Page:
Small is Beautiful

World’s first jet makes a tiny model in 1/72nd scale

by Martin Waligorski

To be honest, I am particularly fond of the model photos presented here: for once, I effectively managed to disguise the scale of my creations! What appears to be the full scale aircraft on the picture below would in fact fit easily in to palm of one’s hand….

Heinkel He 178, the world’s first turbojet aircraft was successfully flown just days before the outbreak of World War II. Its career was short – devised as a proof-of-concept platform for the first experimental jet engine, only two prototypes were built before Heinkel moved on to more full-blown jet designs leading to He 280 twin-engine fighter. After the trial period, the V1 prototype was deposited in Berlin Air Museum but was destroyed during a bomb raid later in the war.

Very little documentation of the He 178 programme survives until today. A photograph of the design model, two other of the V2 prototype in front of the hangar at Marienehe and an extremely bad-quality film footage from the V1’s first flight showing it from a distance rolling down the runway – that’s about it. What we know from textual sources is that there were significant changes between the two prototypes. The V1 had a typical Heinkel elliptical wing which in V2 was changed to a trapezoid one. Also, the V1 was flown with fixed undercarriage in place of the fully retractable unit of the V2.

In view of these very limited references, all published drawings of the He 178 are reconstructions.

In the box

The Heinkel He 178 was the third injection-molded kit produced by the Czech company Condor back in mid-1990s. I believe it might be still available under the MPM label. I first saw it at the time of its first release. Considering my interest in early German jets, the choice was simple: I had to have it.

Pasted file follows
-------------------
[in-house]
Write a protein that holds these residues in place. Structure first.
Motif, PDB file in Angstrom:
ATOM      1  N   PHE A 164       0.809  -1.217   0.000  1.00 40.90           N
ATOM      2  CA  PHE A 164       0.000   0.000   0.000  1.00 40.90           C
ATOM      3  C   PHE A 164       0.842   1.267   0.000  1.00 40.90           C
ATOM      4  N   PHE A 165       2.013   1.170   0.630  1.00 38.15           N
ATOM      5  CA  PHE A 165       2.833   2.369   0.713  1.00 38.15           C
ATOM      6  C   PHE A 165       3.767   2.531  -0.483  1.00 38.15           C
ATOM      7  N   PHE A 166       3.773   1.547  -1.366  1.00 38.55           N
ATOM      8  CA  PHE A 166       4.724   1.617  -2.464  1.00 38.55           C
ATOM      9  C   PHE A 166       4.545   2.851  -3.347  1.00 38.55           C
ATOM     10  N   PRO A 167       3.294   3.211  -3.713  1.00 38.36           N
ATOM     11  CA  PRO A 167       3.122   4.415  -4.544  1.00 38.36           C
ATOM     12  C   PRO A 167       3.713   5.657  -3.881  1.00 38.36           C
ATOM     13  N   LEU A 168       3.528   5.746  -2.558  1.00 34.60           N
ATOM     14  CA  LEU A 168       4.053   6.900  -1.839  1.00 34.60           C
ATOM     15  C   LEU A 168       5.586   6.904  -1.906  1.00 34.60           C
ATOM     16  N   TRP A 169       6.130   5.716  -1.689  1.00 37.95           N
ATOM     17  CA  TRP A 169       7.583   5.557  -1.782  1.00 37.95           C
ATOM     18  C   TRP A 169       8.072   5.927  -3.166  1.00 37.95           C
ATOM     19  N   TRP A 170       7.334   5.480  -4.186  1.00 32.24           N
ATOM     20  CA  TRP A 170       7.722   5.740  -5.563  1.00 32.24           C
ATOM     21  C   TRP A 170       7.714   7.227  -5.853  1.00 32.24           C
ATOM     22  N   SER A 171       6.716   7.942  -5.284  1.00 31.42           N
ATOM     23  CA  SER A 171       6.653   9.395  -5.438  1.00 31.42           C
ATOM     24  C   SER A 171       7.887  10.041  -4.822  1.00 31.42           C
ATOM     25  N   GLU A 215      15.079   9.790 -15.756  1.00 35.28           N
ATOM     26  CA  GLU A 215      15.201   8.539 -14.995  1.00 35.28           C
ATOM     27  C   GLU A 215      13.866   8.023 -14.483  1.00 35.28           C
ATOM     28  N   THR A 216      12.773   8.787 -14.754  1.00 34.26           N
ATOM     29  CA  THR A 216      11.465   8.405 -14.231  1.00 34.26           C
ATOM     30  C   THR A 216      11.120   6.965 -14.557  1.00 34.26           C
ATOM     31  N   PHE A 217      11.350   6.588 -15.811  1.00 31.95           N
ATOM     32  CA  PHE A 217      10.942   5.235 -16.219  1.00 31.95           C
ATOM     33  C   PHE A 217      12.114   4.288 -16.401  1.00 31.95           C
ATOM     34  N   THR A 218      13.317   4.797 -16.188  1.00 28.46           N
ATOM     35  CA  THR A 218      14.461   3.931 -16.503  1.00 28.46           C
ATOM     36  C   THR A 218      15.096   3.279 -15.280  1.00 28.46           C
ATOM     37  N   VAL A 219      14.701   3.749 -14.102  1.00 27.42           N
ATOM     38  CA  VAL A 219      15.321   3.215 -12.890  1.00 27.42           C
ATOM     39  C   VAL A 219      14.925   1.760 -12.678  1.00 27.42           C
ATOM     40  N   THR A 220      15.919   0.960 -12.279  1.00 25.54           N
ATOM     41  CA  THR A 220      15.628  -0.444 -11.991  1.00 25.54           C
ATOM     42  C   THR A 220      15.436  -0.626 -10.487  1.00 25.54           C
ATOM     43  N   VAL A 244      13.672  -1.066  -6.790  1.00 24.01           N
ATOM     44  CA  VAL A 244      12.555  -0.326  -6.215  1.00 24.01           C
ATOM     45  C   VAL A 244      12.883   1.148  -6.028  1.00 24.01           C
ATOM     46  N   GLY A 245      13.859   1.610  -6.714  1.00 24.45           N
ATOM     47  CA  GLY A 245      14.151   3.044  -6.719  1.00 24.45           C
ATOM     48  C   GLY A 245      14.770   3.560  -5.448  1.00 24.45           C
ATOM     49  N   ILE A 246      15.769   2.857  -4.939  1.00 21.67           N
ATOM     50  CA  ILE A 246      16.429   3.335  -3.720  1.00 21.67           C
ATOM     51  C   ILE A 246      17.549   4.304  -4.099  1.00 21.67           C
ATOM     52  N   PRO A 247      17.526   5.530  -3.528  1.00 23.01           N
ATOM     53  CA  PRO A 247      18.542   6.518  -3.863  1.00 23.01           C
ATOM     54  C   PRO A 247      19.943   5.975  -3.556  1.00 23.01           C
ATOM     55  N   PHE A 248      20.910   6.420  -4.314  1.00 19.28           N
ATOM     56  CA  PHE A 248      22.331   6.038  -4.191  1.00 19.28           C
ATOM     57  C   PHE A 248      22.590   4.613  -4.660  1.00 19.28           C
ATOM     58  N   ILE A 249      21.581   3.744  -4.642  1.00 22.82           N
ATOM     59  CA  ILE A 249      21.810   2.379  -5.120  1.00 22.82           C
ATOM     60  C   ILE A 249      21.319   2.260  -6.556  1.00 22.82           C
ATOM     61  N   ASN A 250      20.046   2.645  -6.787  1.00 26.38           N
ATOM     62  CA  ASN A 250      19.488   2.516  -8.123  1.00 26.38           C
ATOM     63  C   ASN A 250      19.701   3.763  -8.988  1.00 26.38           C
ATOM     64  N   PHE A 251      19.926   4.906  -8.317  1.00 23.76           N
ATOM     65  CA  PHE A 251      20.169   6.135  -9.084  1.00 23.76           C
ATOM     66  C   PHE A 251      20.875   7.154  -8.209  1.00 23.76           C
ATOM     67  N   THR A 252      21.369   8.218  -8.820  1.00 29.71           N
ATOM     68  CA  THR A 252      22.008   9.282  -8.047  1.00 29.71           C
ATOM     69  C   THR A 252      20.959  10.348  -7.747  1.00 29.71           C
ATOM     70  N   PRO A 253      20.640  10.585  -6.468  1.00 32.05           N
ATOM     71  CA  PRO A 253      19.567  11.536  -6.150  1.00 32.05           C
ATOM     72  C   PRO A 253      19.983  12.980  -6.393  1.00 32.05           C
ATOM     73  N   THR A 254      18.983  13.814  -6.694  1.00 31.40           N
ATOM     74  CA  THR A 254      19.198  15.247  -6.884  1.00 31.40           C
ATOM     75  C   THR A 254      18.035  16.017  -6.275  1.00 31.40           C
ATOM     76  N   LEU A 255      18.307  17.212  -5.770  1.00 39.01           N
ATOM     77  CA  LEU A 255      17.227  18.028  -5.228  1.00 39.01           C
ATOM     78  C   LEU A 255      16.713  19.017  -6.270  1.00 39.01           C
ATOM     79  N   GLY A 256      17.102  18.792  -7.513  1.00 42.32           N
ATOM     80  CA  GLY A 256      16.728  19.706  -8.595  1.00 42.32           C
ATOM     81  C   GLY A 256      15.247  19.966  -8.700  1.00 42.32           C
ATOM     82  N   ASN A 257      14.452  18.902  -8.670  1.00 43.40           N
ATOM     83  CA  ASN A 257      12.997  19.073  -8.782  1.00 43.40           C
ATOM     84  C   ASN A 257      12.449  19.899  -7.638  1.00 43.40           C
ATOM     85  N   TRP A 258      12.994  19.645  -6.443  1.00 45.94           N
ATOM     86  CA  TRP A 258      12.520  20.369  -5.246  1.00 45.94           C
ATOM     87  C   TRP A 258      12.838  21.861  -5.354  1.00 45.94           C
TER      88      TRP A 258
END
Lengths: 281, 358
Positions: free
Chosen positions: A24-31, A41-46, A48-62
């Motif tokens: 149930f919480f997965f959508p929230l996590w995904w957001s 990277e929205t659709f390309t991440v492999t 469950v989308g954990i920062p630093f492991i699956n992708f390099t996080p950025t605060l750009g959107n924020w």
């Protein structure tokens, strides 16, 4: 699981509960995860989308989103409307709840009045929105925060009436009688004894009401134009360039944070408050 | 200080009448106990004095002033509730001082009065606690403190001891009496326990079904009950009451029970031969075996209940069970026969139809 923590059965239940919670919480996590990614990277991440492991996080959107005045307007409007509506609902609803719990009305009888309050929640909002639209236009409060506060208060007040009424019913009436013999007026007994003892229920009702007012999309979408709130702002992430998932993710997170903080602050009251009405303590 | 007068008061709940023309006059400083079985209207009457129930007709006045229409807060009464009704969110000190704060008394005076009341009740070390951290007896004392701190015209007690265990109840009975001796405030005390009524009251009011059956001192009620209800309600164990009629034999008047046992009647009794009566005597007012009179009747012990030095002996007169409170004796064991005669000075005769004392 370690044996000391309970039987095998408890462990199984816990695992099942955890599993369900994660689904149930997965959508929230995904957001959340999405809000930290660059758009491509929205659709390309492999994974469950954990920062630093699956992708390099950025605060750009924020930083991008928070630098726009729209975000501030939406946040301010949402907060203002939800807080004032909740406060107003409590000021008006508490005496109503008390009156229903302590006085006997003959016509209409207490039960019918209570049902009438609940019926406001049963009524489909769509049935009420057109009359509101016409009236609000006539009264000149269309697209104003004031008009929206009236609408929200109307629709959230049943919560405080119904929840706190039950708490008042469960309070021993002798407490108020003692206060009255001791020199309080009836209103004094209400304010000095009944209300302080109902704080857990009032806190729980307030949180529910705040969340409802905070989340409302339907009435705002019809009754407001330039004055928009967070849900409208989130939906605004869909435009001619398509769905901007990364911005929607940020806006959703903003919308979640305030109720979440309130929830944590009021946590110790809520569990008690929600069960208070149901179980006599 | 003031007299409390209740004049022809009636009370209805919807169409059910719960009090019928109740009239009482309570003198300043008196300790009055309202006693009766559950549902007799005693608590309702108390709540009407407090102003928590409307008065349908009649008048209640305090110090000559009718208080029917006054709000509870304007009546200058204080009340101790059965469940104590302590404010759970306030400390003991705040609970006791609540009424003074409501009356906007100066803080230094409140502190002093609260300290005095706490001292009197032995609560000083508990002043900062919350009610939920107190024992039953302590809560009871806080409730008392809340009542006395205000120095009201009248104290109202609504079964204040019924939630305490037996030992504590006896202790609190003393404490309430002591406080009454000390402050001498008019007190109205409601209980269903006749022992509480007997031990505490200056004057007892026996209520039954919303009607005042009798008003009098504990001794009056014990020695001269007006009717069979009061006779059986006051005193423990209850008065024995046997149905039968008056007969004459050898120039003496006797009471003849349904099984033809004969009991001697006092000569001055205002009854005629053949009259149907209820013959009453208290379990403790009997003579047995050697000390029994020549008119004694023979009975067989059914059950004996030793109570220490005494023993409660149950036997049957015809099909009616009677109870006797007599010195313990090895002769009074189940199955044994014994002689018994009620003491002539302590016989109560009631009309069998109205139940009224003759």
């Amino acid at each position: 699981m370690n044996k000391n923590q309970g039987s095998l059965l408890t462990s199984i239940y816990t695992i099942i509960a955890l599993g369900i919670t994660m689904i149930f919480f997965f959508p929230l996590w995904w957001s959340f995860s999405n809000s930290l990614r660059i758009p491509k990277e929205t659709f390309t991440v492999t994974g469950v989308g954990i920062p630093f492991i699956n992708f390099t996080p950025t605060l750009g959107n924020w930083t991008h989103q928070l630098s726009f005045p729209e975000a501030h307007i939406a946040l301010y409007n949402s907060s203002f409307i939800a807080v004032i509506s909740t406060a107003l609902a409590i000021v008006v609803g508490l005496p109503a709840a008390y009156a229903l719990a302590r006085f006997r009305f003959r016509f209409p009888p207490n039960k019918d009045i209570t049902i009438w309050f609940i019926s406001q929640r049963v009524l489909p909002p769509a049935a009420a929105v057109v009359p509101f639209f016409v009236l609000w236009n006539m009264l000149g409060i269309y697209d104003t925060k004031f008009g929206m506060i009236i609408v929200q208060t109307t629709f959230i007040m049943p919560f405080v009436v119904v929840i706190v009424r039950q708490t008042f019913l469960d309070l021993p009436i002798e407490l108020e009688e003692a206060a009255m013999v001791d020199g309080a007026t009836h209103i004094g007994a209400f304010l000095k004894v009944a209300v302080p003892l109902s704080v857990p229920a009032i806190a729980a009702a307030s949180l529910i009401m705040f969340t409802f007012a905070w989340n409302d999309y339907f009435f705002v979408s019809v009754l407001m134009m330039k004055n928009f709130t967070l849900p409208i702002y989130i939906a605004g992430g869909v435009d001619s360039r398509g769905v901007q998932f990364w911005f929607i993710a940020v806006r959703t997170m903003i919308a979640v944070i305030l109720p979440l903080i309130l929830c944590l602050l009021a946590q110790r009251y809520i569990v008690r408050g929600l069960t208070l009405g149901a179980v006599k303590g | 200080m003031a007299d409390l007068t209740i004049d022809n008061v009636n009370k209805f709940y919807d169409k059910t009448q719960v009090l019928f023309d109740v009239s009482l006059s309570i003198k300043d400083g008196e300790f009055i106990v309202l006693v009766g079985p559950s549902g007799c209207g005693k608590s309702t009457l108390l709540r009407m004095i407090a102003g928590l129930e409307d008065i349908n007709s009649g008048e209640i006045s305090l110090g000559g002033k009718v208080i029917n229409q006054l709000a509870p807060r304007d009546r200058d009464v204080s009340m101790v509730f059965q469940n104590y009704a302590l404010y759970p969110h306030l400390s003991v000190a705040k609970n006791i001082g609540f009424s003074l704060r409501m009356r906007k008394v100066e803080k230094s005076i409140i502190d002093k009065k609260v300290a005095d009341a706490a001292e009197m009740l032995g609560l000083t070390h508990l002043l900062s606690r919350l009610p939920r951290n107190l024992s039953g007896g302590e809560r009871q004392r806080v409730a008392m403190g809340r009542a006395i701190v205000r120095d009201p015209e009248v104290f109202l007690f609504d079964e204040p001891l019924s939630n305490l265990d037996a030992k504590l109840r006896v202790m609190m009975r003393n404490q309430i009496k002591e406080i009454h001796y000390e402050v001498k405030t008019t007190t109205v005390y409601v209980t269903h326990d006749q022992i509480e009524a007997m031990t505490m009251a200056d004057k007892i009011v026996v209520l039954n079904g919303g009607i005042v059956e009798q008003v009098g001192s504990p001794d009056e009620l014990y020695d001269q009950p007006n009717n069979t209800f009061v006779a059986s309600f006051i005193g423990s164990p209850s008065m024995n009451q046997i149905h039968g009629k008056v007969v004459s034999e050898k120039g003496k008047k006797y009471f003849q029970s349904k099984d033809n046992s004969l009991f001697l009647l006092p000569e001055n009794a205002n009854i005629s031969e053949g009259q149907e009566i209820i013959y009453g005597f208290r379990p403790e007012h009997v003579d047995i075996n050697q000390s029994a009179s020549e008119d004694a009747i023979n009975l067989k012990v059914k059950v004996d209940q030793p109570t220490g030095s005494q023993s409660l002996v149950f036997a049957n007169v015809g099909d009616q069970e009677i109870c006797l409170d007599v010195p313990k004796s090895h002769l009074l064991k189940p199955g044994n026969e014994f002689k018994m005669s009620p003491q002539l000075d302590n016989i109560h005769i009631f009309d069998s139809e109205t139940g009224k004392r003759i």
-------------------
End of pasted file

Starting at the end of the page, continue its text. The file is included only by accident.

Back in these days, Condor focused on simple kits with a minimum of parts, and this was certainly the case with this one (other ones being the V2 rocket and a set of German gliding bombs). Major parts were two fuselage halves, two one-piece wings and ditto horizontal stabilizers. Surface detail was fine with somewhat vaguely defined recessed panel lines. Other detail parts were quite crude. One-piece transparent canopy was of very bad quality. A small photo-etched fret provided Eduard-style instrument panel plus a few other details.

Surprisingly, the kit contained no decals – however it can be disputed whether the V1 carried any markings. On the box there was a good-quality box art showing the V1 in RLM 02 finish. The reverse side contained a color painting showing cockpit interior. The depicted layout was, of course, purely hypothetical.

Accuracy? Because of lack of references, you guess is as good as mine… However, I have compared airframe parts to a set of 3-view drawings published in a Japanese book German Jets in World War II – and they matched perfectly, as if the mouldings were based on them. The finished model looks like a pugnacious little aircraft fairly similar in proportions to the published photo of the V2, and I could not find anything in it not matching this fuzzy film footage.

Later, Condor has released the same basic kit in 1/48. Although I haven’t seen it, I believe that my comments are generally applicable also to the larger kit.


Early on, I decided to discard all small parts of the kit leaving only main components plus wheels and photoecthed parts. This way the construction started from scratch-building the cockpit. As the factual layout is not known, I stuffed it with generic detail like scratchbuilt seat, ribs and various boxes on sidewalls, and Bf 109-style rudder pedal. To simplify the process, I used tiny electronic parts for boxlike objects of different sizes and colors. Cockpit sidewalls and floor were painted in RLM 02 with the seat, instrument panel and associated forward decking in RLM 66. It all came out very neat and provided a nice focal point of the model – which now had to be built with open cockpit…